To make any attempts to unrestrict endowment is violating not only Section II of the Donor Bill of Rights, but also Section IV.  Furthermore, the behavior by staff or administrators to take these action is a violation of the professional code of conduct.

Board of Directors and administrators taking these actions shakes the very foundation of philanthropy.   Donors and prospective donors should have full confidence in the not-for-profit organizations and causes they are asked to support.   I feel my own professional reputation is harmed by the stated plans of Sweet Briar College.

The only way to protect donor intent in this case is legal action on behalf of those donors.  I am grateful that SavingSweetBriar.com is taking on the important stewardship of these gifts.  It is sad that the Alumnae Association has not made more public statements condemning the plan.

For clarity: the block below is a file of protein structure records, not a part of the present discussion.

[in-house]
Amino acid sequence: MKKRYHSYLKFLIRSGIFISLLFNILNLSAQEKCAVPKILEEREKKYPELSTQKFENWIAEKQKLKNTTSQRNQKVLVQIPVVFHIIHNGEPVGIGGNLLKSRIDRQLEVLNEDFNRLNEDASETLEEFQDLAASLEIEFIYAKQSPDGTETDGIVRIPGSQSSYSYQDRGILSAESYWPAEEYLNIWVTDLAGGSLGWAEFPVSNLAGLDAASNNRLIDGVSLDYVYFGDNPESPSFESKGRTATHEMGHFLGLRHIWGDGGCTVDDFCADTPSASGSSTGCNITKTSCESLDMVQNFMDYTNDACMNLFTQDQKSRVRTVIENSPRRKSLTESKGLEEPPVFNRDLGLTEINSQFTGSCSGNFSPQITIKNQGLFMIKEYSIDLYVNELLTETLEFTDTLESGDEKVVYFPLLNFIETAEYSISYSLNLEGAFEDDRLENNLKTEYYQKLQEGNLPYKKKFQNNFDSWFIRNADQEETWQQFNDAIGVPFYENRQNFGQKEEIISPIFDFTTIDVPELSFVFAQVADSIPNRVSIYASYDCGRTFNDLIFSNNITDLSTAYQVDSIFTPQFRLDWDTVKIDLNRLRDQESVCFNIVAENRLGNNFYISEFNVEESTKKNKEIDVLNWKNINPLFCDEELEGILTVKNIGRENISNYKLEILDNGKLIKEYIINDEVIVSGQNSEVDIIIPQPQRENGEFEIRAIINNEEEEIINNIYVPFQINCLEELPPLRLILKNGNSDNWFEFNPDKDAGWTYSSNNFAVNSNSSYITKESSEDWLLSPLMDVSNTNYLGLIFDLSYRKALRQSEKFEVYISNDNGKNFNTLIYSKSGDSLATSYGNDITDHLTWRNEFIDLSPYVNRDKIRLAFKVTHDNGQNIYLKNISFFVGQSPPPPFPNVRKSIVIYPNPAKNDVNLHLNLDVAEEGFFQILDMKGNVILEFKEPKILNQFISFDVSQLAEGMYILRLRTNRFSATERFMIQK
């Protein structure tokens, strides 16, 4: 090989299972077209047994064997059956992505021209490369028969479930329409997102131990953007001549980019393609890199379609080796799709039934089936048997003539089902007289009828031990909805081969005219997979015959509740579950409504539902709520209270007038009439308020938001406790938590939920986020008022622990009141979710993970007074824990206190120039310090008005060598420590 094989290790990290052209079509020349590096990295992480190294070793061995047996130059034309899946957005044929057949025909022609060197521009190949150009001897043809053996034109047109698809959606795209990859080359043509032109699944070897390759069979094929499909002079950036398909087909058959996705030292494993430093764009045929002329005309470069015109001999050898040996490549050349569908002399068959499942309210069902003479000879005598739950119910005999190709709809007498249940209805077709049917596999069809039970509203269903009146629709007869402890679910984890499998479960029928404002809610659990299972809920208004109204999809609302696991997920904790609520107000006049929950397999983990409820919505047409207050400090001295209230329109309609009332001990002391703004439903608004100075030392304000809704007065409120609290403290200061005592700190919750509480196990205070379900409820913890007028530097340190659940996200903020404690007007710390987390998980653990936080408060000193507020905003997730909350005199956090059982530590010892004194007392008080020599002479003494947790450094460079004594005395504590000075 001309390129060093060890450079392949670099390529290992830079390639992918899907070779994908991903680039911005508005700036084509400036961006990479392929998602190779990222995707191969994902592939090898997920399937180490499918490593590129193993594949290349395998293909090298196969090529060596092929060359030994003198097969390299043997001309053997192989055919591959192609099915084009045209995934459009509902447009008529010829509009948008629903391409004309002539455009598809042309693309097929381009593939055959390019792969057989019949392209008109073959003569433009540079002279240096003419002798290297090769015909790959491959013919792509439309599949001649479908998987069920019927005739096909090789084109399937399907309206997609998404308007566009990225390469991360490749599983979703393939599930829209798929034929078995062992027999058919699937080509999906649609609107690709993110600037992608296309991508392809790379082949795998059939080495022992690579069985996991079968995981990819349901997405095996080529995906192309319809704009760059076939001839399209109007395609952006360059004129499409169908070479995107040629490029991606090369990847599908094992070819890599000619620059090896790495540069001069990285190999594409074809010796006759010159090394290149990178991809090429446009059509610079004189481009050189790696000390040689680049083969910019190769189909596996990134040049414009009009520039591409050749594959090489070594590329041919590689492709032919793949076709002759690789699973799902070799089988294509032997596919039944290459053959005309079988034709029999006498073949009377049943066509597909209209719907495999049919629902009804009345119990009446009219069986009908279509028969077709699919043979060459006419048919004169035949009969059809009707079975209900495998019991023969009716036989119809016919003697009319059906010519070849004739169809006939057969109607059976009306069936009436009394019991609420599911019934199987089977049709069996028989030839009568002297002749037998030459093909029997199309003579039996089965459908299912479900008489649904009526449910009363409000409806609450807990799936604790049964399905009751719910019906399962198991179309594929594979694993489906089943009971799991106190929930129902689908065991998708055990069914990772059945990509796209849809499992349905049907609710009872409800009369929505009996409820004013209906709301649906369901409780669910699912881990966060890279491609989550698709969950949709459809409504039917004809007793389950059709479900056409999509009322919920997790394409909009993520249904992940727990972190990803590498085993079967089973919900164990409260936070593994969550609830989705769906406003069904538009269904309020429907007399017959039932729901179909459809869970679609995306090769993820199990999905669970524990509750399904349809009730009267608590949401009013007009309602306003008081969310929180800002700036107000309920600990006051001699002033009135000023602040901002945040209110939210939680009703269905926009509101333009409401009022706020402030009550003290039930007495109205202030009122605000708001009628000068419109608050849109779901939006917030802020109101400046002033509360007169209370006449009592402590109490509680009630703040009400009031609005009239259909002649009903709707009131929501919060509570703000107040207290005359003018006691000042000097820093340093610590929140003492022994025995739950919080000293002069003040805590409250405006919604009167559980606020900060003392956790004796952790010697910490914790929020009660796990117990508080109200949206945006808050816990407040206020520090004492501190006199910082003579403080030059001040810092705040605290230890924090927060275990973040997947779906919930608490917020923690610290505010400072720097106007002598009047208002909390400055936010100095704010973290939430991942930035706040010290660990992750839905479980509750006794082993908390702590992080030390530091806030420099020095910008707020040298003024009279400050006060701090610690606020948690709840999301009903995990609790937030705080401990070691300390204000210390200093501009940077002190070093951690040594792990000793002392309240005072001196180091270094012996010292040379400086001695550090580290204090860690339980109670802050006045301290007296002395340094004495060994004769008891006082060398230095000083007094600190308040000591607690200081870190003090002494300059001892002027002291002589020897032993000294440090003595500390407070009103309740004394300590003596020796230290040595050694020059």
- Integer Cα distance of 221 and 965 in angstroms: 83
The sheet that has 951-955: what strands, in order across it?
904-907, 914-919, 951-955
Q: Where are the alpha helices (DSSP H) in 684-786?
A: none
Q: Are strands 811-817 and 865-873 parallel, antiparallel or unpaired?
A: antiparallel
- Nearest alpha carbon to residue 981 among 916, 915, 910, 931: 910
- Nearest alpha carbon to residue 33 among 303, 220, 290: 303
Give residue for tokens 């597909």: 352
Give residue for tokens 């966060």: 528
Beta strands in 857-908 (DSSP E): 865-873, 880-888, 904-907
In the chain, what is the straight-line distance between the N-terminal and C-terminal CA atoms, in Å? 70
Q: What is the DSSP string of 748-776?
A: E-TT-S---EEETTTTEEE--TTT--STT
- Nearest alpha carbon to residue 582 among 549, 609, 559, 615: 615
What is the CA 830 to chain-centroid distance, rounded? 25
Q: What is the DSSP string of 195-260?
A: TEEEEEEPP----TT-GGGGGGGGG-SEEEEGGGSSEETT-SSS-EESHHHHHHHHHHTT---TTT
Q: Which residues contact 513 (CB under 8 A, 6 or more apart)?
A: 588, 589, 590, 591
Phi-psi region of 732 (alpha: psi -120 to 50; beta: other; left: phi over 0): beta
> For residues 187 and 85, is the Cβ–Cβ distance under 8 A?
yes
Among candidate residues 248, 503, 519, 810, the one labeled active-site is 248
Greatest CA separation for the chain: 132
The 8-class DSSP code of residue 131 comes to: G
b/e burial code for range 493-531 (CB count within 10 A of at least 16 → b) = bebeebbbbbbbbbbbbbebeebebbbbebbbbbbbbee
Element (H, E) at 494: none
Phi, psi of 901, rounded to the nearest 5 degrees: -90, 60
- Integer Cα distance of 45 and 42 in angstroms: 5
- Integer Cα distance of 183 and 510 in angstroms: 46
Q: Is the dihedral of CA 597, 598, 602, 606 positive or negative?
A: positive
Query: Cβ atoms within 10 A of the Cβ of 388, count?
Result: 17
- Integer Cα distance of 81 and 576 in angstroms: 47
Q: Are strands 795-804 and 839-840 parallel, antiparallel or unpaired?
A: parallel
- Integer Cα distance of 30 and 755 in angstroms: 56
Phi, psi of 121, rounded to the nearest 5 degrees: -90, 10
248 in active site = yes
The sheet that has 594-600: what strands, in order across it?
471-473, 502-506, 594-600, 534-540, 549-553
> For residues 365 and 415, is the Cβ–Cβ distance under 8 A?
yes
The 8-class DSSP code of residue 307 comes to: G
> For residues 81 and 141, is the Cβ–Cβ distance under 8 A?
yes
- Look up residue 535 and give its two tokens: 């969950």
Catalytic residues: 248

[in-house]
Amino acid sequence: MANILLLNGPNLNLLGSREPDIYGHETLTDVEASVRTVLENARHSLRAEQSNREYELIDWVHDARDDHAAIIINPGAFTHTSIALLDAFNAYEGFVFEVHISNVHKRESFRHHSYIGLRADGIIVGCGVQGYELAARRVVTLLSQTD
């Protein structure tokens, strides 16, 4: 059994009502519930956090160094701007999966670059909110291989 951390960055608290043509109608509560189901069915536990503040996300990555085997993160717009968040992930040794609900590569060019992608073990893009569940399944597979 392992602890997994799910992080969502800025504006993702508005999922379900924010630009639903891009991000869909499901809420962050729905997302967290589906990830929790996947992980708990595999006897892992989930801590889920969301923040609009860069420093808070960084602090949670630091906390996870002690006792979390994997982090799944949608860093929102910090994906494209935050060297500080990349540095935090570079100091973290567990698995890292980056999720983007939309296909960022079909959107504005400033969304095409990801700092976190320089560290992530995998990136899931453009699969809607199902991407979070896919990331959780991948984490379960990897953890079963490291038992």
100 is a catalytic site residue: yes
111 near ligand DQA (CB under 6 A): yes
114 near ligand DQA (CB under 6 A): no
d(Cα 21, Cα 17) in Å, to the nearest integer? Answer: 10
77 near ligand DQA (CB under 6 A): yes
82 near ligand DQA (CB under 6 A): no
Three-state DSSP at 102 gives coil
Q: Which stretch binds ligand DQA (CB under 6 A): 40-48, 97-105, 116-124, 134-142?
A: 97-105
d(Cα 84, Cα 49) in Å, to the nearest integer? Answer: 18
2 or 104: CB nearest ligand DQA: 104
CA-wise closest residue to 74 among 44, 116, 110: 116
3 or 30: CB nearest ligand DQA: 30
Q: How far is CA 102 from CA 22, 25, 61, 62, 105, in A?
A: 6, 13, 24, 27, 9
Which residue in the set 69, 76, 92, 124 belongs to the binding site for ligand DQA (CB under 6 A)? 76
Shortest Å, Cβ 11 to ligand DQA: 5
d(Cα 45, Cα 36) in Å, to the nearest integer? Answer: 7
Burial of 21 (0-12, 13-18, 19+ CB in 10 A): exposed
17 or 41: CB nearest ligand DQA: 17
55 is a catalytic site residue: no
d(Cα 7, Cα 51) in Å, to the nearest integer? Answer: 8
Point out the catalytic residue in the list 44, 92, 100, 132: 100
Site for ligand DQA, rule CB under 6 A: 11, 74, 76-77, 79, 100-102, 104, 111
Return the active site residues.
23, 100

On the heels of this, it also seems appropriate to advocate for stronger State and Federal law to protect donors.  But that is for another chapter of Being UnLocked….

Stacey Sickels Locke is a proud graduate of Sweet Briar College, Class of 1988.  She served as an employee of the College in the early 1990s working on the $25 million Campaign.  During that time, she solicited many leadership gifts which make up the current endowment and she feels a sense of duty that those donations are not used for the closure of the College or for any other purposes than the donors intended. Since then, she has spent her career building support for higher education and the nonprofit community as a staff member and consultant for boards.  As a volunteer, she has served Sweet Briar since graduation as a fundraiser, admissions ambassador and now advocate for the #saveSweetBriar movement.  She is a member of the Association of Fundraising Professionals (AFP), the Council for the Advancement and Support of Education (CASE) and holds a Certified Fund Raising Executive (CFRE) certification from CFRE International.

Stacey Sickels Locke, CFRE